Today you will blink almost 17,000 times, but what will you see? Your heart will beat 30,000 times today, but how much will you feel? You will take over 4,000 steps, but where are you really going?
Every day our lives are filled with hundreds of thousands of acts, so many of which go unnoticed, even to our selves. We go about our daily routines filled with responsibilities, habits and hobbies and in an instant the day is gone. And what do we have to show for it? How many moments were we fully present? How many of our acts were deliberate? How much of our day really lived?
Henry David Thoreau famously wrote upon going to live at Walden Pond, "I went to the woods because I wished to live deliberately, to front only the essential facts of life, and see if I could not learn what it had to teach, and not, when I came to die, discover that I had not lived."
It has been suggested that this decade be labeled the "Decade of Distraction" and it is easy to see how distraction has become the enemy of the deliberate. We all have our share of distractions from the seemingly benign like sports and celebrity culture, to the bizarre like our fixation on events like the boy not in the balloon or the unveiling of a woman mauled by a chimp.
The forms by which they are delivered exacerbate the diversity of our distractions. The average American spends 40 hours a week in front of a screen. The average office worker spends 2/3rds of their time on email. And of course, social media like MySpace, Facebook, YouTube, and Twitter fuels our simultaneous needs for distraction and instant validation.
Distraction has its place. It can serve as a welcome respite from the stresses of everyday life. But we must be prepared with the repercussions of what our distractions are distracting us from both as individuals and as a society.
Martha Graham once wrote, "Every action of ours is passed on to others according to its value, of good or evil, it passes from father to son, from one generation to the next, in a perpetual movement".
So what are we passing on with our actions and our distractions?
When habitual distractions trump deliberate actions we focus on politics instead of policy, the selfish vs. the selfless, and the "urgent" vs. the important.
Margaret Mead said "Never doubt that a small group of thoughtful, committed citizens can change the world. Indeed, it is the only thing that ever has." And while I would not dispute the premise that a small group can ignite change, what ultimately changes the world is when most of us change.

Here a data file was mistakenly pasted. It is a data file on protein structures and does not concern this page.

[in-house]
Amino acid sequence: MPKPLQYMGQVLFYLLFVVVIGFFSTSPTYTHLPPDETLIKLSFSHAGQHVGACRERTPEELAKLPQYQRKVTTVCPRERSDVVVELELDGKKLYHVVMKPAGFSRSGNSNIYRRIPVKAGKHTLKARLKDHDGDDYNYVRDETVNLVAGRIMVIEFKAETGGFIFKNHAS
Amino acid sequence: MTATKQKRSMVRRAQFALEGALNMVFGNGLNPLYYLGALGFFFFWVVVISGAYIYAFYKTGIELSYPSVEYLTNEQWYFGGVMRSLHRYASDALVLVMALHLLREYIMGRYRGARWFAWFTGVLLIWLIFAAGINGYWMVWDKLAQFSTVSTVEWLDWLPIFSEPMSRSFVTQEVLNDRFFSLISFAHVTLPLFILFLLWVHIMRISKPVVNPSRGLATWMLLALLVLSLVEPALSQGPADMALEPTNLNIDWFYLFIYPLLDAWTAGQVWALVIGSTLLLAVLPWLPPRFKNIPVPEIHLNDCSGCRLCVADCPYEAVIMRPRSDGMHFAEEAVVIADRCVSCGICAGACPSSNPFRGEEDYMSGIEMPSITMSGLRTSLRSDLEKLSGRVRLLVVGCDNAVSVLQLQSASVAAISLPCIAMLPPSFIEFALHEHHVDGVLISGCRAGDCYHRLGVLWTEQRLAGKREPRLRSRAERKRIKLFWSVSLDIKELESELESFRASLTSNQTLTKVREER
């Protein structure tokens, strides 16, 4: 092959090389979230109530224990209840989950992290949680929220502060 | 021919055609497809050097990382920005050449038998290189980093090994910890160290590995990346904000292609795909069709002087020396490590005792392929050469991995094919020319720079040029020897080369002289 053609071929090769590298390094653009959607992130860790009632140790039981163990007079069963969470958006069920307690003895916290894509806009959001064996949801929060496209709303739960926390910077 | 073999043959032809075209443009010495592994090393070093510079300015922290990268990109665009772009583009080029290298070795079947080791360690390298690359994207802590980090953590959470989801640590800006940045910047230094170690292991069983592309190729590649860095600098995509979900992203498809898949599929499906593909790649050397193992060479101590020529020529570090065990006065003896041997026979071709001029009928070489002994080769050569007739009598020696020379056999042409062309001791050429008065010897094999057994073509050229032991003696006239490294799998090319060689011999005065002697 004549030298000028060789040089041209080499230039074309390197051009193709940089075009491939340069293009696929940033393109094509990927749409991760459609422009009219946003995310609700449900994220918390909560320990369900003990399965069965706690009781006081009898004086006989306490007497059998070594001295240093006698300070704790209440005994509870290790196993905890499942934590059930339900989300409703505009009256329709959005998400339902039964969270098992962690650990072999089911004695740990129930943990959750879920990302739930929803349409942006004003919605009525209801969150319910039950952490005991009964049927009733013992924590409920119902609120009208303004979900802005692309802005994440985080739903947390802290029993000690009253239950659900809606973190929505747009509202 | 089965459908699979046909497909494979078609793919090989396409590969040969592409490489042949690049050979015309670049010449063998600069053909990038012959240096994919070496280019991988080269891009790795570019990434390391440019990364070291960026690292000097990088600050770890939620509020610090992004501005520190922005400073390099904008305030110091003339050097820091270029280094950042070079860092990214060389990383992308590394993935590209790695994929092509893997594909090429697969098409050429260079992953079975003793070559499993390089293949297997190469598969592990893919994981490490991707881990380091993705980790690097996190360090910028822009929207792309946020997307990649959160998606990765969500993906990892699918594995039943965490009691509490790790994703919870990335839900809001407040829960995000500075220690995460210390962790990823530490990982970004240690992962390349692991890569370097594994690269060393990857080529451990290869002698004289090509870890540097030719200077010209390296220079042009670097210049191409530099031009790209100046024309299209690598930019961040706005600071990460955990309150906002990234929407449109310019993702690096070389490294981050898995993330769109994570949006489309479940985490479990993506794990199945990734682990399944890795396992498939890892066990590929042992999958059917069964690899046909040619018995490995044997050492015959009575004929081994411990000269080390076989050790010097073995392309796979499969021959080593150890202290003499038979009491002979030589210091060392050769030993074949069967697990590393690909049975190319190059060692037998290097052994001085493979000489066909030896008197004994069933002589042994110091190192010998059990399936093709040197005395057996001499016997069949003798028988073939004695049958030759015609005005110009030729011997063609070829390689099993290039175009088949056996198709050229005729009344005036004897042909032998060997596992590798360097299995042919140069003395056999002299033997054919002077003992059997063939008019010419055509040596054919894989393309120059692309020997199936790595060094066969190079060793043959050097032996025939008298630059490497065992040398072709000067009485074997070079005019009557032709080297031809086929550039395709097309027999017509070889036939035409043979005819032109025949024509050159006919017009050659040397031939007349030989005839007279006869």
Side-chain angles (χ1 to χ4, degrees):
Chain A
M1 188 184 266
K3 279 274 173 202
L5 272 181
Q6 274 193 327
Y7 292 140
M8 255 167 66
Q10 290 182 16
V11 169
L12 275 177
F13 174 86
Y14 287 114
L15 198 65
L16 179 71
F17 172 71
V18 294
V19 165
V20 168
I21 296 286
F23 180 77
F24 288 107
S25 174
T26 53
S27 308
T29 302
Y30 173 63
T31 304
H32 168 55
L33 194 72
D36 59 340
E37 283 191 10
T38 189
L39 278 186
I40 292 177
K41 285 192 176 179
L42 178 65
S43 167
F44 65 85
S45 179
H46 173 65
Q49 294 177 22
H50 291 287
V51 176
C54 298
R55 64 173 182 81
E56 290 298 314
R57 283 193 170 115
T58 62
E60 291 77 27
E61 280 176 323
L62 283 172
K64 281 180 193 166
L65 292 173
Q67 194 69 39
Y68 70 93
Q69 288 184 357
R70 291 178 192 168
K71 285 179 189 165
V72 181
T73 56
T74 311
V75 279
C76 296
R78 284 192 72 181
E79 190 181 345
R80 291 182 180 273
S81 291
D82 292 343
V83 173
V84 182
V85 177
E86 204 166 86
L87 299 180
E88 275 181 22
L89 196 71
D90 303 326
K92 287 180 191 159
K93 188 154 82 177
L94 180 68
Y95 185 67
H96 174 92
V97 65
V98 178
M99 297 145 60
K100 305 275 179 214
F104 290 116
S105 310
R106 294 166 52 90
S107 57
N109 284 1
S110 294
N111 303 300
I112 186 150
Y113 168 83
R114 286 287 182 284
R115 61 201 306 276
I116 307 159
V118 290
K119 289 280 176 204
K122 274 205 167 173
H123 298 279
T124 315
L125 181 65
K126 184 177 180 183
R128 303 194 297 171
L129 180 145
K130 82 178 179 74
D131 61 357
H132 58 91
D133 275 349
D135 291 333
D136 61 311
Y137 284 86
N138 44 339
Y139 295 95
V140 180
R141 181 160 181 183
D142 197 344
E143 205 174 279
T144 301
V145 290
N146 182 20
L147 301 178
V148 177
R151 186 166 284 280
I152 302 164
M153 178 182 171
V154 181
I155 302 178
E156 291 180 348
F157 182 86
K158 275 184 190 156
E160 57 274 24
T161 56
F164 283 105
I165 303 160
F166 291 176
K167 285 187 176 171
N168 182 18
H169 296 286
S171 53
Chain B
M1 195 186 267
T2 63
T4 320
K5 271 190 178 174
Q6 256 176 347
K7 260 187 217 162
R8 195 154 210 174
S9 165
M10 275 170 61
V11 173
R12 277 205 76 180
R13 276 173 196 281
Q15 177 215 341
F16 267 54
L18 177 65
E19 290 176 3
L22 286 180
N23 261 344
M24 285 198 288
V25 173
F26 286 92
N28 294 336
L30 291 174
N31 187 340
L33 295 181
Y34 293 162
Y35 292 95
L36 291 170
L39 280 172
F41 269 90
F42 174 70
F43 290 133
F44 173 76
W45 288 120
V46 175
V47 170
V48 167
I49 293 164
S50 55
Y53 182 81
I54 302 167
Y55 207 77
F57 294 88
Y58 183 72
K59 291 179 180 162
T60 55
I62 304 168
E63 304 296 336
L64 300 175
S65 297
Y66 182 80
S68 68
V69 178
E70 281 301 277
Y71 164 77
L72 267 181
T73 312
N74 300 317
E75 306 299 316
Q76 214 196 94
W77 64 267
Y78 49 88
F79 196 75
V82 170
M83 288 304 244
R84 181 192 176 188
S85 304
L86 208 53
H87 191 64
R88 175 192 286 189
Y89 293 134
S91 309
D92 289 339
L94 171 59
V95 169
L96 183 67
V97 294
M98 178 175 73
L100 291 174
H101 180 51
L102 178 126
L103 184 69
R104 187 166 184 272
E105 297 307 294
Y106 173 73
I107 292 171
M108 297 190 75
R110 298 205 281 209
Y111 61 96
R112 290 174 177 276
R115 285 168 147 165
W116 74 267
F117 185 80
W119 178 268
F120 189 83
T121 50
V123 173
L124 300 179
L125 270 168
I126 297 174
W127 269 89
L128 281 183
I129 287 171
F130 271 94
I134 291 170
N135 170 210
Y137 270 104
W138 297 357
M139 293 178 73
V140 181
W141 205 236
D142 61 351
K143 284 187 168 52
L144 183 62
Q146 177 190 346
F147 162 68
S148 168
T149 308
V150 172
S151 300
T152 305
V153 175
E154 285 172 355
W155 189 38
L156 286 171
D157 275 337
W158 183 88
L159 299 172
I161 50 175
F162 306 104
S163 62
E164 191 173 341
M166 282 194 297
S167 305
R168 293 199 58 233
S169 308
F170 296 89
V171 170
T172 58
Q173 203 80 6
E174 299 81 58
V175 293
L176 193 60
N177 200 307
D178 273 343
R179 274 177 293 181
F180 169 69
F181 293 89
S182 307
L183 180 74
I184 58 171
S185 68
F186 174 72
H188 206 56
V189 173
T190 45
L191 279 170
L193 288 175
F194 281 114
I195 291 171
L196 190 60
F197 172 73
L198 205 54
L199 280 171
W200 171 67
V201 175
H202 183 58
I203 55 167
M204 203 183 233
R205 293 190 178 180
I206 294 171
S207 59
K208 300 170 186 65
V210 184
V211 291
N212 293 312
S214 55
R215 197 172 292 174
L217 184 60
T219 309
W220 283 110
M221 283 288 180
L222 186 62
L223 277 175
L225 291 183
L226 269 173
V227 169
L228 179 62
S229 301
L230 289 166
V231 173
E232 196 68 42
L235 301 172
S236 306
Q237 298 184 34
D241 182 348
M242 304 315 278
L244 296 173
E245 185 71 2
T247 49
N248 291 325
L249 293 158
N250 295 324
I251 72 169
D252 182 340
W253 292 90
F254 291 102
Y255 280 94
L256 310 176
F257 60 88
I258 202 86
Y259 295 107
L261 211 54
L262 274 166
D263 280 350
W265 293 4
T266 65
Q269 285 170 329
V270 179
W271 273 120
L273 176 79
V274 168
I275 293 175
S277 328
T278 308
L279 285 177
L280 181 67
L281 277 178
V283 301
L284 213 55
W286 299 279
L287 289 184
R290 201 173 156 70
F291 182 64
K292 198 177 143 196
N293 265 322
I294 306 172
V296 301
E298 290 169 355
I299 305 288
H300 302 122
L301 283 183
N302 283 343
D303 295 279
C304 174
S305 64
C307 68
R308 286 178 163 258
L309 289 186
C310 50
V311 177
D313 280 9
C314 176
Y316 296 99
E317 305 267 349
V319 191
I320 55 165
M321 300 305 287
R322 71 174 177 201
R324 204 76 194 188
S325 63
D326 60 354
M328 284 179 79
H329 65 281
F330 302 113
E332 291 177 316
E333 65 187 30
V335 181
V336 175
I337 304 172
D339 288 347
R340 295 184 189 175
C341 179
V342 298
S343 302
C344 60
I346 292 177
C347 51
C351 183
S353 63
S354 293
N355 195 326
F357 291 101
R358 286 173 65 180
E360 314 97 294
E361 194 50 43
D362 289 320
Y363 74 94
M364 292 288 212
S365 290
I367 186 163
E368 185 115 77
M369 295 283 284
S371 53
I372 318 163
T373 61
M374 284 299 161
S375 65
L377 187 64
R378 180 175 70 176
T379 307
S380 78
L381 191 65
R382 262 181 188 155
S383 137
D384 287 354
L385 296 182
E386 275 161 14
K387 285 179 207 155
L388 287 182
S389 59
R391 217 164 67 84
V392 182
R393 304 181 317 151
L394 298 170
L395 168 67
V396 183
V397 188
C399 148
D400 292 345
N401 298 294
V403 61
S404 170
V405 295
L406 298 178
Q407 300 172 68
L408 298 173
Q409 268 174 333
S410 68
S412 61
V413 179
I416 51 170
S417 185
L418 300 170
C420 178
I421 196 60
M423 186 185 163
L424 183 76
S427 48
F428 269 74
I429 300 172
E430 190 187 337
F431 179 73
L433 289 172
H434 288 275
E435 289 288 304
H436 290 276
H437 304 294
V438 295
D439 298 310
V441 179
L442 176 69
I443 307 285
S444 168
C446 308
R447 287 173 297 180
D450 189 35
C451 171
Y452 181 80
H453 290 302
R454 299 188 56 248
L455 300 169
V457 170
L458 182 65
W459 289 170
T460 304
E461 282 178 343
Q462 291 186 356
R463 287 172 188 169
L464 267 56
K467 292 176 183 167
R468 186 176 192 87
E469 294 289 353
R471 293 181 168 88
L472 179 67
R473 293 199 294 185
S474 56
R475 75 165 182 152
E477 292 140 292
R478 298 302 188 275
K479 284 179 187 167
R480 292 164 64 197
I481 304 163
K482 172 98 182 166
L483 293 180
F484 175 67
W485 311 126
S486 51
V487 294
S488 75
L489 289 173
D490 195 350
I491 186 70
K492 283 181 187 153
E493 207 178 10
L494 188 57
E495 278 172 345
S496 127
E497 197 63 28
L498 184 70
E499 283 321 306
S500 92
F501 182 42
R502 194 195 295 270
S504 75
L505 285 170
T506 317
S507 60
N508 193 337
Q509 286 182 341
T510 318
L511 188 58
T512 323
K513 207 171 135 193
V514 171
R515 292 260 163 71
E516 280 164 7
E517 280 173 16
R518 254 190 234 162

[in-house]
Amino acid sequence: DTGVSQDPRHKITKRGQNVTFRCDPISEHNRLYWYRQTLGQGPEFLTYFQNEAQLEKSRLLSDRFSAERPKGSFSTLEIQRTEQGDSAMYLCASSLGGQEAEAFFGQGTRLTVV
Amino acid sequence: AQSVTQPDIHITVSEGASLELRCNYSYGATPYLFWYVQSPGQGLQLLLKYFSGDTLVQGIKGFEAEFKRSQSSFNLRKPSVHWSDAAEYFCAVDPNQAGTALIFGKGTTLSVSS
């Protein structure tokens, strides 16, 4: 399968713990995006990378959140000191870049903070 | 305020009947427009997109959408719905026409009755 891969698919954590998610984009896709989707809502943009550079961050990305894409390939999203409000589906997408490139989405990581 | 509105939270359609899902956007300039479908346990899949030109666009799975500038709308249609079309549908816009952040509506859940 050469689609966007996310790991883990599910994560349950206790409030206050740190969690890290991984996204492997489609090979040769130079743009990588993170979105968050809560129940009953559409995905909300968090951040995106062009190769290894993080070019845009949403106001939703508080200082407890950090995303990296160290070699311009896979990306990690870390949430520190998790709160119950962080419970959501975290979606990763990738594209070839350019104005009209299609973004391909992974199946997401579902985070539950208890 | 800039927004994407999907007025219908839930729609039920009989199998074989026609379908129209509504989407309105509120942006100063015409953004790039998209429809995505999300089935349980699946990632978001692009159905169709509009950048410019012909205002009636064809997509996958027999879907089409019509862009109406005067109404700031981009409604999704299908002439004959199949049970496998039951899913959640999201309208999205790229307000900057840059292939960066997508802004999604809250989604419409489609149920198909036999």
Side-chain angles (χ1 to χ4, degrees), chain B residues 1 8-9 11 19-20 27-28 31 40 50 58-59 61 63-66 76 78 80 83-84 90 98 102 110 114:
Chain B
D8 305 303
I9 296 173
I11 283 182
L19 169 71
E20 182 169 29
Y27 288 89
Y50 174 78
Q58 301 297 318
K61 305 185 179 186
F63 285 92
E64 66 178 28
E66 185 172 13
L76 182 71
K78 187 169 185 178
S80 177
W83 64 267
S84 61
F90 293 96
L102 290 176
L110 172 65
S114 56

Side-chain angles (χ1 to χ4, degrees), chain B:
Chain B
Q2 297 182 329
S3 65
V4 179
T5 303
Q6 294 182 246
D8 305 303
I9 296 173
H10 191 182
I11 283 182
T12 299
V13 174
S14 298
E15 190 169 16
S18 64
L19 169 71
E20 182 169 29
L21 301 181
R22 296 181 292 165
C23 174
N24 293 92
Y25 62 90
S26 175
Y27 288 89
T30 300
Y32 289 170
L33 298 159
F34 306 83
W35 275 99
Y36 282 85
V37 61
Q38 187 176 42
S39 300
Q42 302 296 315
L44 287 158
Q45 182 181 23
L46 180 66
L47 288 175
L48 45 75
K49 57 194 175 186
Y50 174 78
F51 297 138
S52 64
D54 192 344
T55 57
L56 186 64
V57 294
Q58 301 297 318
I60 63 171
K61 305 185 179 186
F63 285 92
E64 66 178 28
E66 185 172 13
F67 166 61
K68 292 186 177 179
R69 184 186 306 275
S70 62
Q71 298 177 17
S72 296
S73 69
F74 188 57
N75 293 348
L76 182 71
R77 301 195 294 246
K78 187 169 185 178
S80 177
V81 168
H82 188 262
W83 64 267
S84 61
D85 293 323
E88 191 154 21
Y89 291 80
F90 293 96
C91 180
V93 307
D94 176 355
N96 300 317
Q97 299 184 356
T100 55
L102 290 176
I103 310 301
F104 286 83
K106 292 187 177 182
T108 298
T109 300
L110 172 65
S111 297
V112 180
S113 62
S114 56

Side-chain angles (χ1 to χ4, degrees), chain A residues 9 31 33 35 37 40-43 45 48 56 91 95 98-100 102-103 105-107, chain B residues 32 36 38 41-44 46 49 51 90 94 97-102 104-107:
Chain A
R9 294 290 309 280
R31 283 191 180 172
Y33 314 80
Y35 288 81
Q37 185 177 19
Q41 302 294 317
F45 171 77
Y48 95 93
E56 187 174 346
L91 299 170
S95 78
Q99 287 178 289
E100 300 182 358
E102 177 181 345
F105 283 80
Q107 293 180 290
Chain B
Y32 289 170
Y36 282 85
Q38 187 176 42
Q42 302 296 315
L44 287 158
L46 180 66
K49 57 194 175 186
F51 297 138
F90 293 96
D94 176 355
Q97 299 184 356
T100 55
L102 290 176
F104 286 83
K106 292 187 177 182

I once heard Mike Huckabee speak at an event at the Clinton Presidential Library. In talking about the need to change the social norms that contribute to childhood obesity, he told the audience "If we were at the same conference twenty years ago. This room would be filled with cigarette smoke, as most of us would be smokers. After we were done here, many would have a couple of drinks, get behind the wheel of a car and drive home probably inebriated. Very few of us would fasten our seat belt and as we drove away our highways would be littered with trash."
But because our social norms have changed, it would now be unacceptable to smoke in public, drive drunk, to not fasten our seat belt or litter. People in mass were able to set aside their distractions long enough to take deliberate action.
Today everything from health care to climate change are not addressed with decisive and deliberate action, because we are distracted by the sideshows at the circus. We do not confront the essentials of the issues because we take issue with the unessential.
Fortunately, there are more and more organizations helping us to act deliberately such as All for Good, Change.org, Carbon Rally, Do Something, Do Good, Volunteer Match, and hopefully even my own project, Actions Speak Loudest. Their names say it all. They serve as a much needed reminder and support system to act collectively and with deliberation.
I am hardly immune to distractions. And at times they have been consuming. Which should come as no surprise to any fellow Red Sox fan.
Recent events, however, have forced me to think and act more deliberately.
When you have a sick child, as I have now, actions become more deliberate.There is little chance for distraction.
So yesterday, when my 9-day old daughter awoke in the hospital, the tubes and wires that sustained her were arranged so I could hold her. The monitor with her vitals told me she was taking 32 breaths per minute - all with deliberation.
And later in the day, when my two year-old daughter wanted to go for a walk with Daddy, we counted our steps. Down the hill, and through the park, we counted one, two, three, four, five steps - on and on for almost an hour. Each step was taken with deliberation towards our final destination of the slides and swings. Only stumbling when distracted. Only falling when losing focus.
As Thanksgiving draws near. Let us give thanks for the deliberate actions others have taken for us. The doctors and nurses that care for our children and our friends and families that sustains us in times of need. And at the same time, after the distractions of football and turkey, may we also act deliberately for others so future generations will be thankful for us.
Follow Bob McKinnon on Twitter: www.twitter.com/@GALEWiLLcenter